PLEASE ROTATE YOUR DEVICE
October 11, 2017
The after-effects of the Great Recession continue to prevent adequate public school funding at the state level.
One thing that all Americans can agree on is the importance of a quality education. That consensus makes the deep cuts to educational spending over the last decade baffling to so many both in and outside our public school system. Given our strong belief in educational excellence, why has funding for school districts continued to slide?
It started in response to the Great Recession, as funding for public schools in the United States decreased to match the plummeting economy (more dramatically in some states than in others). In the near-decade since then, the implementation of critical educational reforms relating to hiring and retaining top-notch teachers, reducing class sizes, expanding access to high-quality early education, and increasing student learning time has been all but impossible.
The Center on Budget and Policy Priorities found that, as of the 2015-2016 school year, “at least 25 states are still providing less ‘general’ or ‘formula’ funding — the primary form of state funding for schools — per student than in 2008.” This, incredibly, represents solid progress since the 2013-2014 school year, when at least 31 states provided less per-student funding than in 2008. As a result, the number of teachers and other school employees in the K-12 system has fallen by nearly 300,000 since the recession, yet the number of students attending these schools has risen by more than 800,000.
Ultimately, political gridlock has been the primary driver of these cuts, as they’ve prevented the federal government from drafting a balanced budget in the years since the recession.
After the housing bubble burst, property values across the country plummeted. As a result, American homeowners have become much more hesitant to borrow against their home equity in order to make large purchases. This trend has led to lower state income tax and sales tax revenues — both significant contributors to many states’ education funding pools.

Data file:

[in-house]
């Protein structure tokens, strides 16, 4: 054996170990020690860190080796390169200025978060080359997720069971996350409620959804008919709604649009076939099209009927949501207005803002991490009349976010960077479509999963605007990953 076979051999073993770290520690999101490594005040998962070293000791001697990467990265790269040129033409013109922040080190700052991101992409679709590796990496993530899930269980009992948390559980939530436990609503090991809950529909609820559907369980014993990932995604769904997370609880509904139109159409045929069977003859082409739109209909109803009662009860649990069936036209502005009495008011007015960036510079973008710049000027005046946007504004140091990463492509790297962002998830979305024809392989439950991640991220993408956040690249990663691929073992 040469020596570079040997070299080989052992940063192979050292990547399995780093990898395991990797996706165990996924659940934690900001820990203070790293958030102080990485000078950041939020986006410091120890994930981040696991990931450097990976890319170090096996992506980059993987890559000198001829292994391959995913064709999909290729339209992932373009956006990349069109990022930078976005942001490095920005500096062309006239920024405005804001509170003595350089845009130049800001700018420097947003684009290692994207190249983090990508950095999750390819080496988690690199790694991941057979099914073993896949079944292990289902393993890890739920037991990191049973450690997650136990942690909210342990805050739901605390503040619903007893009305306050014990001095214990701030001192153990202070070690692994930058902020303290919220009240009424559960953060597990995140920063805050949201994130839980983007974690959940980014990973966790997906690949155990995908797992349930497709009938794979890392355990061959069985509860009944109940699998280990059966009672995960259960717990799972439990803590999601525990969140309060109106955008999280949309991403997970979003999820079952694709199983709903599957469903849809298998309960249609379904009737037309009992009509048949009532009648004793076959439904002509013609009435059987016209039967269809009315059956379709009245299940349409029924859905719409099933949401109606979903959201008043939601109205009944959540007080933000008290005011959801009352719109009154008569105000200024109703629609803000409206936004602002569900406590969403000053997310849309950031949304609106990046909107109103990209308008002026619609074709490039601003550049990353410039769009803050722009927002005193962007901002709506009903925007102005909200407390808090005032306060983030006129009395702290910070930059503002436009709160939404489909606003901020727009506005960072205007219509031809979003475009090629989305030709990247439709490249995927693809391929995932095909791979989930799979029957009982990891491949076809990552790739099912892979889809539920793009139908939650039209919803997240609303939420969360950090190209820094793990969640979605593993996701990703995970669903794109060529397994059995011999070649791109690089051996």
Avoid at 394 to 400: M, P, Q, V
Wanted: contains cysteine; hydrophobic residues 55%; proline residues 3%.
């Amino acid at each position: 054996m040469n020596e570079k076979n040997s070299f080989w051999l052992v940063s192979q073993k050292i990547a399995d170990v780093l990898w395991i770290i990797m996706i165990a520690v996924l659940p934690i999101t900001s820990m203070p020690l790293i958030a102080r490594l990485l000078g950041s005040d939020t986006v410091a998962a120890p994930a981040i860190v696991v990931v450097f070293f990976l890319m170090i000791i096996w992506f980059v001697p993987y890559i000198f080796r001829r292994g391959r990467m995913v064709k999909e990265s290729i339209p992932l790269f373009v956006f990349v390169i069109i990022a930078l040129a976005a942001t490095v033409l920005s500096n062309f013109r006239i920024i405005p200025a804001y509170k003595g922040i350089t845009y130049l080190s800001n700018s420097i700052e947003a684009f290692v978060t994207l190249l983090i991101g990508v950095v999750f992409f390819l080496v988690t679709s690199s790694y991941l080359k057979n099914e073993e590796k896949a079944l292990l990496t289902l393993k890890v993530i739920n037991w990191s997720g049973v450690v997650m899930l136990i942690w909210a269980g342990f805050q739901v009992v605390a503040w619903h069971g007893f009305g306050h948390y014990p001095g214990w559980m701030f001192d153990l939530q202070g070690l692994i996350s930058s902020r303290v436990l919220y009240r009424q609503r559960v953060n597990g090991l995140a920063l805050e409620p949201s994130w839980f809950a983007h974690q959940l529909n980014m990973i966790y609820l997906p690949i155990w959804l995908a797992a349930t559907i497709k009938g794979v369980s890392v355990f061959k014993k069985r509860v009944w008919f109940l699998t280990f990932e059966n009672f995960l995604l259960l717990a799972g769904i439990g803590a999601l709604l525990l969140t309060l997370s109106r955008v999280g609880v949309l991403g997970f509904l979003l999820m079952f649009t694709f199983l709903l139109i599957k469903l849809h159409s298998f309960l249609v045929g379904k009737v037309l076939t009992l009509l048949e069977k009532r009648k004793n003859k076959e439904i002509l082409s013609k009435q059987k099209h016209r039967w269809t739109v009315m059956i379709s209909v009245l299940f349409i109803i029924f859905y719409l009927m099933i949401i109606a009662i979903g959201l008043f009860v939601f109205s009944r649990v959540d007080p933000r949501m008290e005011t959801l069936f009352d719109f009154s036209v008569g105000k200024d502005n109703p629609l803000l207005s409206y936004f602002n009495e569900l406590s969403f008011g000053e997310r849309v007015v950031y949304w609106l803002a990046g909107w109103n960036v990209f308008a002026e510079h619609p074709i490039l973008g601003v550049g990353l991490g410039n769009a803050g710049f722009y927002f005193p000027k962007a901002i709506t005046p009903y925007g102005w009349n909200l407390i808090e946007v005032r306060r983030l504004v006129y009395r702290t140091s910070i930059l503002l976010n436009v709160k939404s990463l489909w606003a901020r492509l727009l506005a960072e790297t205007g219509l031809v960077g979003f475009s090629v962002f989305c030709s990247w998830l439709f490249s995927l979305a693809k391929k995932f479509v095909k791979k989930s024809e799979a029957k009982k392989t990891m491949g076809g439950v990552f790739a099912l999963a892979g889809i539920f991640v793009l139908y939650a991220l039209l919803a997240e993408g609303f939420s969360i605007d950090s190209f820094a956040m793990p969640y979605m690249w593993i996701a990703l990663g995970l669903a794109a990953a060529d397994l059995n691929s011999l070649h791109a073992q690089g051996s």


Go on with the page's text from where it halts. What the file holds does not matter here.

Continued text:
In response, the majority of states have been forced to reduce funding for a wide range of services — not only in regards to education, but also programs like healthcare and public transportation. Between 2008 and 2012, 45% of states closed their budget shortfalls through spending cuts. The rest of the states balanced their budgets using federal aid, revenue reserves, and a number of other measures, but these remedies rarely resulted in increased education spending.
For individual school districts, these ongoing funding cuts mean that they must secure every last penny to which they are entitled, and this begins with proper data tracking and reporting.
Every data point counts towards a school district’s bottom line, and at Vinson Consulting Group, our mission is to ensure that schools receive the full funding they deserve. By ensuring that a district’s EMIS data is both accurate and compliant, we help superintendents and district treasurers feel confident that their schools are getting as many resources as possible to prepare each generation of students for great careers and livelihoods.
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